The sales process will no doubt need to be adjusted. I’d refer you to the slide we showed in the webinar from the Harvard research. Traditional process and CRM systems follow the upper route whereas POV the lower one.

Jeff Baker: To add to Adrian’s comments, I know “wrangle” as a US expression used by cowboys for herding or driving cattle. So, yes, you do need a thought leadership strategist to “wrangle” or to teach your sales team how to sell in this new way. It requires new skills and some changes in the selling process, as we briefly covered in the webinar. The thought leadership strategist could come from any number of roles, including a senior sales person, a sales manager, or marketing executive. The key attribute of the strategist is the ability to develop novel and compelling insights to take to senior level decision makers in your target markets. Keep in mind the strategist, or anyone developing new insights for customers, needs both extra time and resources to do this effectively.

When an organization implements a shift away from traditional selling and toward “Thought Leadership as Sales Strategy,” what implications does this shift have for the composition of the sales force? What shifts take place in the kinds of skills and abilities that become more important – which ones take on a higher priority, which skills and abilities become less of a priority? What changes take place in the importance of deep technical knowledge about the products/services that are being offered? How about the change that take place in the importance of deep “industry knowledge” about sectors in which customers/prospects are likely to be found?

What are the biggest HR challenges that arise with the shift to solutions selling and the use of “Thought Leadership as Sales Strategy”? – Bob Y.

Adrian Logan:

1. Skills/abilities of Salesforce – Several people asked similar question, so this is clearly important. The understanding of how a business/organization works, both internally but especially in its external environment, is more important. So, I’d be looking for knowledge such as strategy, finance, marketing, economics (external forces especially), skills such as educating/presenting to senior decision-makers, getting internal buy-in, creative thinking and personality traits such as confidence, determination, high levels of intelligence (both traditional and emotional). I’m less concerned about technical knowledge of our solutions. In fact, a deep technical knowledge could be a handicap if the seller reverts to it frequently as it’s their comfort zone.

2. How will this affect the composition of the salesforce? We may be describing a different type from the consultative salesperson, not in totality but certainly in key traits, so the traditional route from transactional to consultative to POV may not be simply a case of “sell more and you’ll climb the greasy pole of the sales hierarchy.”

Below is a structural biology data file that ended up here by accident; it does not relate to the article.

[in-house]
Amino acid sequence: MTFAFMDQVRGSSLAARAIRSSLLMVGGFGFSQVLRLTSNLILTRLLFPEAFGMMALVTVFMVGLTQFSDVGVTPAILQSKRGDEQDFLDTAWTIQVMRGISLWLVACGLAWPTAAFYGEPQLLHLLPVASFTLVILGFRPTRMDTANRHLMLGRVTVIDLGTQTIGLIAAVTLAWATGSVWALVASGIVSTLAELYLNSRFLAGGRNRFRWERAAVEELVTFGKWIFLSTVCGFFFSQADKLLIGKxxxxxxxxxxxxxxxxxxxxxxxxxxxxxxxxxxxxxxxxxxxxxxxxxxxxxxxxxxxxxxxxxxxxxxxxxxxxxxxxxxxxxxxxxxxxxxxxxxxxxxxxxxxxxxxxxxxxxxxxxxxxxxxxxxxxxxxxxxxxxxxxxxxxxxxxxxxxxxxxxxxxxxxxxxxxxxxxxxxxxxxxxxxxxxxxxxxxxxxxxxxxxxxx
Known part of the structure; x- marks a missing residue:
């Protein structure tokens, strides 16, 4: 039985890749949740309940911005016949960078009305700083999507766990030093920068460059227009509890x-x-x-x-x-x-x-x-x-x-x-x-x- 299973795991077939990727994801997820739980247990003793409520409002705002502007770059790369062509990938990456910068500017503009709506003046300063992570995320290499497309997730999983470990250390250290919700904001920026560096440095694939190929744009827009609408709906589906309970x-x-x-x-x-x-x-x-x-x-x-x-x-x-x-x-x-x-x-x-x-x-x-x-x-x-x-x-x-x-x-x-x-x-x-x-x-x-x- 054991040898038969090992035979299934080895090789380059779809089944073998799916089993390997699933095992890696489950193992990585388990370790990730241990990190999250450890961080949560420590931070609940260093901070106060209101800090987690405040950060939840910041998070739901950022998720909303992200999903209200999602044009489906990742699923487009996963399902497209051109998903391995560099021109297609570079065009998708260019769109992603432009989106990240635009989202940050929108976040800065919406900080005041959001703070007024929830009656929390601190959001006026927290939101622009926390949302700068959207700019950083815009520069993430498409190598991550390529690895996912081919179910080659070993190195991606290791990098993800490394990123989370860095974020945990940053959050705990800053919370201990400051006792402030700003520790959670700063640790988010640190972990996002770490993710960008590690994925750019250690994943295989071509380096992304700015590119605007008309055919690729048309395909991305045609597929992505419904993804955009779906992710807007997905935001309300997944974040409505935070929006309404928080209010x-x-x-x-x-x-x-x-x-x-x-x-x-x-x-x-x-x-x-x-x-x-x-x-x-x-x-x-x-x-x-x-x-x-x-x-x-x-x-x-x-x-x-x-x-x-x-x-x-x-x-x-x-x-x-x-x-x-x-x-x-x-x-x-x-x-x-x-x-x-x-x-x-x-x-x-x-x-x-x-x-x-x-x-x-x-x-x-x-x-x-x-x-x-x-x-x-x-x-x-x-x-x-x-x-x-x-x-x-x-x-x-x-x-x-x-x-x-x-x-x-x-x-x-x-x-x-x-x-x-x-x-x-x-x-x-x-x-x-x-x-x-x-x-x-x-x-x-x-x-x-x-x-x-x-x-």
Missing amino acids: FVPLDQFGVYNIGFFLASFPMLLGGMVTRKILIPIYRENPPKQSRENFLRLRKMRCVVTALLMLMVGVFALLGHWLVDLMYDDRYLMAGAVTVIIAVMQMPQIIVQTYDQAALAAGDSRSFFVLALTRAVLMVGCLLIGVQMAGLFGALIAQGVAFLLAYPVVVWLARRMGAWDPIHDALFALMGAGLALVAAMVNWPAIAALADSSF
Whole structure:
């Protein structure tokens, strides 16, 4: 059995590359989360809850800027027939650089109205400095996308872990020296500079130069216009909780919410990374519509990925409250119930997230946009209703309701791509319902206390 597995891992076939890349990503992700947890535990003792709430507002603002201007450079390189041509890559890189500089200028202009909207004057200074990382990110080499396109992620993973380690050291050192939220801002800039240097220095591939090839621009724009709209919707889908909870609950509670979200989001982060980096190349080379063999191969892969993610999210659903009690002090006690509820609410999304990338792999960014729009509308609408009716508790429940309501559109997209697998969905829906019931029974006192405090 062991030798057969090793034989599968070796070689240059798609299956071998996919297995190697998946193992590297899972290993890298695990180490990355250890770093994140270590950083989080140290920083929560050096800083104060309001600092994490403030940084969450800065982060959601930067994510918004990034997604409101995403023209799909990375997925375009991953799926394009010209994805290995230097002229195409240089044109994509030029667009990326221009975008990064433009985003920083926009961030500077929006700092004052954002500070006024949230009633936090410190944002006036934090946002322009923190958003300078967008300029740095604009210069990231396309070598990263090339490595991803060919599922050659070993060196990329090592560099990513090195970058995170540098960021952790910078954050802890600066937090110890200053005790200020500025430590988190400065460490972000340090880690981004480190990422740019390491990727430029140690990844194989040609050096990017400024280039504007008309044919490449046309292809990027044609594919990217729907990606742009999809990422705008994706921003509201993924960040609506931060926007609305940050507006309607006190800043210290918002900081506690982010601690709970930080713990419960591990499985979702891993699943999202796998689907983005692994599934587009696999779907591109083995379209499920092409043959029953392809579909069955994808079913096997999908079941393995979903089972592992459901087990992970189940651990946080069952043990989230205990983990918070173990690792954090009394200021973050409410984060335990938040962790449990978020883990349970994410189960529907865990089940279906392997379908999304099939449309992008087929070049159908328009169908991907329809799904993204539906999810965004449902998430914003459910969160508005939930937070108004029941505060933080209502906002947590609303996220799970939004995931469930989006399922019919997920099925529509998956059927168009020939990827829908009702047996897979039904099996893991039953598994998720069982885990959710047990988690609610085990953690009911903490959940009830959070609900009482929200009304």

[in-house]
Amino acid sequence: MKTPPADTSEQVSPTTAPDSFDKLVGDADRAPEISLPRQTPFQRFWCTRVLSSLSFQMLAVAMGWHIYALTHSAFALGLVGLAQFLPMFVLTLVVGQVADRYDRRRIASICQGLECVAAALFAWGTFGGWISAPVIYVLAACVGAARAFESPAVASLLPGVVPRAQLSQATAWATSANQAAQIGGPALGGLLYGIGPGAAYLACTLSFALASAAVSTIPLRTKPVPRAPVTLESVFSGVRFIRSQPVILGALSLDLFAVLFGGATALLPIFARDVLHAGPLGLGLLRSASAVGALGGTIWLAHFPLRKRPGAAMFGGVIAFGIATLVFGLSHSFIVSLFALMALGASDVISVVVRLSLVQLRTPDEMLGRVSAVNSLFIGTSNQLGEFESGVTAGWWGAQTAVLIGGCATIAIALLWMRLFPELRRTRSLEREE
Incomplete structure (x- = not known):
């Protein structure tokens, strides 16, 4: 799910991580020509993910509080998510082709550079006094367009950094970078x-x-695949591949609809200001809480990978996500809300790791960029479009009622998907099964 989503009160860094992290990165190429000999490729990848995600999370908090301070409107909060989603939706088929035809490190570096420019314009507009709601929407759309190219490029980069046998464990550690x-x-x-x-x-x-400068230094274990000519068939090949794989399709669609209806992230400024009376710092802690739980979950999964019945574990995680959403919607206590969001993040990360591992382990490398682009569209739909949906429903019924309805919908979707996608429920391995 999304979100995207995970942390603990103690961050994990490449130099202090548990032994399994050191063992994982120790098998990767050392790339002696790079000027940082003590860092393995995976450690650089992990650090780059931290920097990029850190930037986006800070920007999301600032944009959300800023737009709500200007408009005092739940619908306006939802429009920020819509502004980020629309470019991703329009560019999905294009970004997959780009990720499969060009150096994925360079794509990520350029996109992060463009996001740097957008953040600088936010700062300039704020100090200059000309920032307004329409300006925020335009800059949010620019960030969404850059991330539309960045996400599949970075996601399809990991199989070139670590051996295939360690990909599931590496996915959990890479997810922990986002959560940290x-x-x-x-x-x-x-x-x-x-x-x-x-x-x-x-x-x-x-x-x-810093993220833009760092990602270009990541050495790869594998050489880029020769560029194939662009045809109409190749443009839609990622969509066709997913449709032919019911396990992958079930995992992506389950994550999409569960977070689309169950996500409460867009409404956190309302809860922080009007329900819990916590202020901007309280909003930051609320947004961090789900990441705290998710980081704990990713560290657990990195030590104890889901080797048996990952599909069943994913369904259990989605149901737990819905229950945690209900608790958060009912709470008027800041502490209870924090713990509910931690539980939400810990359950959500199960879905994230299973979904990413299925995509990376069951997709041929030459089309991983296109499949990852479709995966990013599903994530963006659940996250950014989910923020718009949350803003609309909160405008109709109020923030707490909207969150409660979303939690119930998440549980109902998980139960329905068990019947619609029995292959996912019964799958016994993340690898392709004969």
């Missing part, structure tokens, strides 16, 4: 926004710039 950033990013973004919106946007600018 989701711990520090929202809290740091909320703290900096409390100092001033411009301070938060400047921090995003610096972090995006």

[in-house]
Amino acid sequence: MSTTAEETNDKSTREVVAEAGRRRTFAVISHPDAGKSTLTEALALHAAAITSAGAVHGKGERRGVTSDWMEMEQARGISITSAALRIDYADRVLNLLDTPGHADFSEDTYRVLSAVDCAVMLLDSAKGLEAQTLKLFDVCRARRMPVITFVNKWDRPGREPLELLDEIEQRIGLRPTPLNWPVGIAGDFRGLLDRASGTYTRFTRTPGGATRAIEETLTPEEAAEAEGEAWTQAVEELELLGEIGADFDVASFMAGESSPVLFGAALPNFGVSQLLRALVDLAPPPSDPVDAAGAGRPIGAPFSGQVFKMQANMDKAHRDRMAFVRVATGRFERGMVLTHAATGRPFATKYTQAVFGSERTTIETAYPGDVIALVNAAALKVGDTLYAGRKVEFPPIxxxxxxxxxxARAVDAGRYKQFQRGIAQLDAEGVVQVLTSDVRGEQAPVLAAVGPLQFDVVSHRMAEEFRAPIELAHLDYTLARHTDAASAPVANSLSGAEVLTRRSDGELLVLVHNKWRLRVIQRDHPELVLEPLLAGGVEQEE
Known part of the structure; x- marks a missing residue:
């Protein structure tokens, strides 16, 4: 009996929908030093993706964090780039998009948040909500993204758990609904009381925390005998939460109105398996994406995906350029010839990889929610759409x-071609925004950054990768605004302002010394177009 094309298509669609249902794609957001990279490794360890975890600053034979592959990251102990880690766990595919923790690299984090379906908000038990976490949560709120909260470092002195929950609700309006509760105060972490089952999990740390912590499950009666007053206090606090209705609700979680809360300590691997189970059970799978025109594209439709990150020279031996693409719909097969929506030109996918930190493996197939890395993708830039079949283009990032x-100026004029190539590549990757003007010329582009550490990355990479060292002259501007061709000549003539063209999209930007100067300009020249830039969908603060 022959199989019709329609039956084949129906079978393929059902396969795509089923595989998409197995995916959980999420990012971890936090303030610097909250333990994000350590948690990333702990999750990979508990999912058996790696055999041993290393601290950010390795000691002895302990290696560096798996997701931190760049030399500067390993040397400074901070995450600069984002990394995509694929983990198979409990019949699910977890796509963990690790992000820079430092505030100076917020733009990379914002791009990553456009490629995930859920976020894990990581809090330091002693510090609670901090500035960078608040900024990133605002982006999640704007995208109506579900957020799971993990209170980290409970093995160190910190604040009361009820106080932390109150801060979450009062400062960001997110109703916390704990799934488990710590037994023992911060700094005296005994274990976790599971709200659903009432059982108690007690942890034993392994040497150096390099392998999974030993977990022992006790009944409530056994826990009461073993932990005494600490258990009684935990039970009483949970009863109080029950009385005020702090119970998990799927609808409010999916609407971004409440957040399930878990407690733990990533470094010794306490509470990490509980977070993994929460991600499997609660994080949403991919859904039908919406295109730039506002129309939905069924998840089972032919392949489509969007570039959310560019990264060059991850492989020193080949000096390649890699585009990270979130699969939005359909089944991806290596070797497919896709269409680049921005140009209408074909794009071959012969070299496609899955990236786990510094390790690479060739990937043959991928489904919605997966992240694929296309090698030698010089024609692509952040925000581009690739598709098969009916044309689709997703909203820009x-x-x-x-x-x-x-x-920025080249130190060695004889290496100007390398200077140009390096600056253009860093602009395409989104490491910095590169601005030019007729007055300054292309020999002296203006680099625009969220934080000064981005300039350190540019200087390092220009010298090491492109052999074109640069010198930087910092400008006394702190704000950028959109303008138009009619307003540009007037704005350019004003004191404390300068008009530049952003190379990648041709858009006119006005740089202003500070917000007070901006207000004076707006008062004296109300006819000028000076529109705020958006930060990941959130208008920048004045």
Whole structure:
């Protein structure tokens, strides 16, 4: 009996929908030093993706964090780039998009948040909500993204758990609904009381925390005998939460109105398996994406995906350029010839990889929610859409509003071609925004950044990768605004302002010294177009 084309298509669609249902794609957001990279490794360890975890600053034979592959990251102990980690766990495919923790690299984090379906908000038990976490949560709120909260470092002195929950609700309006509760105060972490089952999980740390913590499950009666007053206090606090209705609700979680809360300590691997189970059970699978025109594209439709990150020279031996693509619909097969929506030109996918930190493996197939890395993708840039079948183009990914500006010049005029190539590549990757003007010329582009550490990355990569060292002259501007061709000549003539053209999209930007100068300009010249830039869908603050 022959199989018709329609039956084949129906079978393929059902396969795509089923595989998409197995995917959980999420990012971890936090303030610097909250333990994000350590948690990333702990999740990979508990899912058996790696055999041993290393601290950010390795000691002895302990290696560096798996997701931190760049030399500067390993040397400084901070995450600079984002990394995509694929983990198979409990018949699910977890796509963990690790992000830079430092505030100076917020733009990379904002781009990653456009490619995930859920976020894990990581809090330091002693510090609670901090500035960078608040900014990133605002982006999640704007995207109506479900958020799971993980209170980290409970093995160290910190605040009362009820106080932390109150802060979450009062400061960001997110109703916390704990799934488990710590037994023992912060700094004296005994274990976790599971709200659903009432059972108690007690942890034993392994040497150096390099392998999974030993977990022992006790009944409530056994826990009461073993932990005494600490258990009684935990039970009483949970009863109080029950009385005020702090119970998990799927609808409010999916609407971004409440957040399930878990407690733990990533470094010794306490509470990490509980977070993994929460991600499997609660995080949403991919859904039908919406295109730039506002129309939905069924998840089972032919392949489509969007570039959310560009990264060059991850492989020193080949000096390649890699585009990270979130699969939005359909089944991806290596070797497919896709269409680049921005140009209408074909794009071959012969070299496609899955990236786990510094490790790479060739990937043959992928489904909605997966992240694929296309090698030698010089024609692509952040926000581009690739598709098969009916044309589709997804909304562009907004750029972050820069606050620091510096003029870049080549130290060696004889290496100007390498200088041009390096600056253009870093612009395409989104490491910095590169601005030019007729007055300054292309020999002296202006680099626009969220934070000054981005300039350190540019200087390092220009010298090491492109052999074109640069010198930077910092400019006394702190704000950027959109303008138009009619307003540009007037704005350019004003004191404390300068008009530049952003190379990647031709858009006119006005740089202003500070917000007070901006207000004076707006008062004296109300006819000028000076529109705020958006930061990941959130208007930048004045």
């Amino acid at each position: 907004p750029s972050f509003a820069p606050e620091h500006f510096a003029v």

3. Deep technical knowledge – As I said before, possibly a handicap at worst, at best useful but not high on my list.

4. Industry knowledge – More important, but courtesy of the internet, info is easier to come by. The hard stuff is developing insights from all that info and then developing a POV.

5. HR challenges – Finding these people, either within or outside the organization; retaining them (especially if they are continually battling with internal resources / traditional “sell the product” mentality); rewarding them and finally offering them meaningful career prospects. In other words, the HR challenges are pretty much the same as with all talented people, but with the added spice that these people could be your real rainmakers and therefore losing one may have greater impact than, say, losing a consultative seller.

Jeff Baker: I add the following to Adrian’s answers:

Skills/abilities of Salesforce – I fully agree with Adrian that business acumen is crucial. That is, understanding how businesses operate, how they make money, how strategy guides investment decisions, and so forth.

How will this affect the composition of the salesforce? Key skills? Key skills required for point of view selling include the ability to teach the customer something novel about their business, and to help the customer evaluate whether or not this new idea is worth pursuing. This also requires the confidence and skill to push or challenge the customer to seriously consider the new idea. Finally, I think that for most sales forces that have been selling effectively using a consultative or solutions methods, only about 20% of the sales team should move to point of view selling. In cases where the chief sales executive decides to shift the entire sales strategy to point of view selling it will require an all out change management effort that addresses not only the new skills for sales people but every aspect of the sales organization.

Technical industry knowledge – I think deep knowledge here is crucial provided it is focused outwardly on creating specific value for a customer. Deep technical and industry knowledge are important foundation for breakthrough thinking.

HR Challenges – I suggest HR professionals rethink their models for sales recruiting and establishing sales career paths as it pertains to thought leadership or point of view selling. The talent for POV selling won’t necessarily come up through traditional selling jobs, and viable candidates may not even think of themselves as “salespeople” in the traditional sense of product sales. For new HR development ideas look at how consulting firms recruit and develop partner level talent, because these kinds of organizations have been using thought leadership selling for decades.

And as we focused on the webinar, sales leaders also need to rethink how they recruit, develop, and manage sales people using POV Selling and the new sales process itself.

Republished with author's permission from original post.

Jeffrey Baker
Jeffrey Baker, vice president for sales force effectiveness, directs research efforts, new product development, and market positioning for The Forum Corporation. Jeffrey's focus on customer-centric selling comes from a career in selling and leading sales teams, managing customer care operations, and consulting to leaders of commercial sales and marketing organizations.